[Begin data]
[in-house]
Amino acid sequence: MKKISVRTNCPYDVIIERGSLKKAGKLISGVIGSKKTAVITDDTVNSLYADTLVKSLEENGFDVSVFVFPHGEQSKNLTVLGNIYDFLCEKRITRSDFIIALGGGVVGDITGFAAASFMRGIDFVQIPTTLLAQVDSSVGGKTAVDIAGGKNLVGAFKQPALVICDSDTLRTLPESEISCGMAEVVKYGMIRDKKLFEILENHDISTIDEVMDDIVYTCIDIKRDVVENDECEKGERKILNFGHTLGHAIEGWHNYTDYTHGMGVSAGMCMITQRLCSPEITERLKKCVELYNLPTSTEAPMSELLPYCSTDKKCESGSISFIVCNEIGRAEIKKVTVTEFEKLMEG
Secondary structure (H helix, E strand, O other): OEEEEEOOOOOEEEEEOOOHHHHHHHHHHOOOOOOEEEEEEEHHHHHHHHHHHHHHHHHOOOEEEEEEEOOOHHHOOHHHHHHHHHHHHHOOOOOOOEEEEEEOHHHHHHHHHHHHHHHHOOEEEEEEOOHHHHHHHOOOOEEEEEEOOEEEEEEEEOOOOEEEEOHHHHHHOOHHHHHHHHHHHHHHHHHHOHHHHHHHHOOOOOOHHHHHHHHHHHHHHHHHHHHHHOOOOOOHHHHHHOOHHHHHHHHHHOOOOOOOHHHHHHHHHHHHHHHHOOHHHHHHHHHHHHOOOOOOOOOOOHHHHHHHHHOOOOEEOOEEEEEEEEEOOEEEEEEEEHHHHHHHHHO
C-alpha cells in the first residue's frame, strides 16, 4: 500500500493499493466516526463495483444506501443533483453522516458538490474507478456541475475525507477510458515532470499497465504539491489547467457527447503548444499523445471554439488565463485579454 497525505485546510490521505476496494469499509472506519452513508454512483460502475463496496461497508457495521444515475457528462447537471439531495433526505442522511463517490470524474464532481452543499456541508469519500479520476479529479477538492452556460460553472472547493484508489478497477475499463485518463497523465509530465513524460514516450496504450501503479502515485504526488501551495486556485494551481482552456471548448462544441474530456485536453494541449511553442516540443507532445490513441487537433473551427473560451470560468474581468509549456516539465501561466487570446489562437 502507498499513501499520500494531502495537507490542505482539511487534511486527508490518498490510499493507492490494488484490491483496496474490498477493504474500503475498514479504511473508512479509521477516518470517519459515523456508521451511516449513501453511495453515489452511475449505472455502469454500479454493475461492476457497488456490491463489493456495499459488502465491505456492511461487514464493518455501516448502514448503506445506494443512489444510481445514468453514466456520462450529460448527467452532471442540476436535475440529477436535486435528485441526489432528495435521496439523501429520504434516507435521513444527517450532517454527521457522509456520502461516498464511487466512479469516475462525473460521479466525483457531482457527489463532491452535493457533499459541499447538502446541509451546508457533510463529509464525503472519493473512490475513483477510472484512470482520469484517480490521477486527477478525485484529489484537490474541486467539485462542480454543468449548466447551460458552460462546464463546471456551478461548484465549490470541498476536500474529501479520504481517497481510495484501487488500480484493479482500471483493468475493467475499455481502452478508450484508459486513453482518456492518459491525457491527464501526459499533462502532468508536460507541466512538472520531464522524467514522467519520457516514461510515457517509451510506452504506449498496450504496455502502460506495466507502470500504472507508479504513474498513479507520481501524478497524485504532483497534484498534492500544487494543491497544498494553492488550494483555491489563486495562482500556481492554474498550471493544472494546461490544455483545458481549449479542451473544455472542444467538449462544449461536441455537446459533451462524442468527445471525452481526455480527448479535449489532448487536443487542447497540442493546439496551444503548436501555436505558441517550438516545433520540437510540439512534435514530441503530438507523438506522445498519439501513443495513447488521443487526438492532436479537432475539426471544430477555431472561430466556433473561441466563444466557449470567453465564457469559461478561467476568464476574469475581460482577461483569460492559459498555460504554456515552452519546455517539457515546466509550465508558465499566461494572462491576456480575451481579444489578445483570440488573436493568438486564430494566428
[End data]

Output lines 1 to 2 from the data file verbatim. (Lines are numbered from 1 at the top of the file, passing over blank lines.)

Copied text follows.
[in-house]
Amino acid sequence: MKKISVRTNCPYDVIIERGSLKKAGKLISGVIGSKKTAVITDDTVNSLYADTLVKSLEENGFDVSVFVFPHGEQSKNLTVLGNIYDFLCEKRITRSDFIIALGGGVVGDITGFAAASFMRGIDFVQIPTTLLAQVDSSVGGKTAVDIAGGKNLVGAFKQPALVICDSDTLRTLPESEISCGMAEVVKYGMIRDKKLFEILENHDISTIDEVMDDIVYTCIDIKRDVVENDECEKGERKILNFGHTLGHAIEGWHNYTDYTHGMGVSAGMCMITQRLCSPEITERLKKCVELYNLPTSTEAPMSELLPYCSTDKKCESGSISFIVCNEIGRAEIKKVTVTEFEKLMEG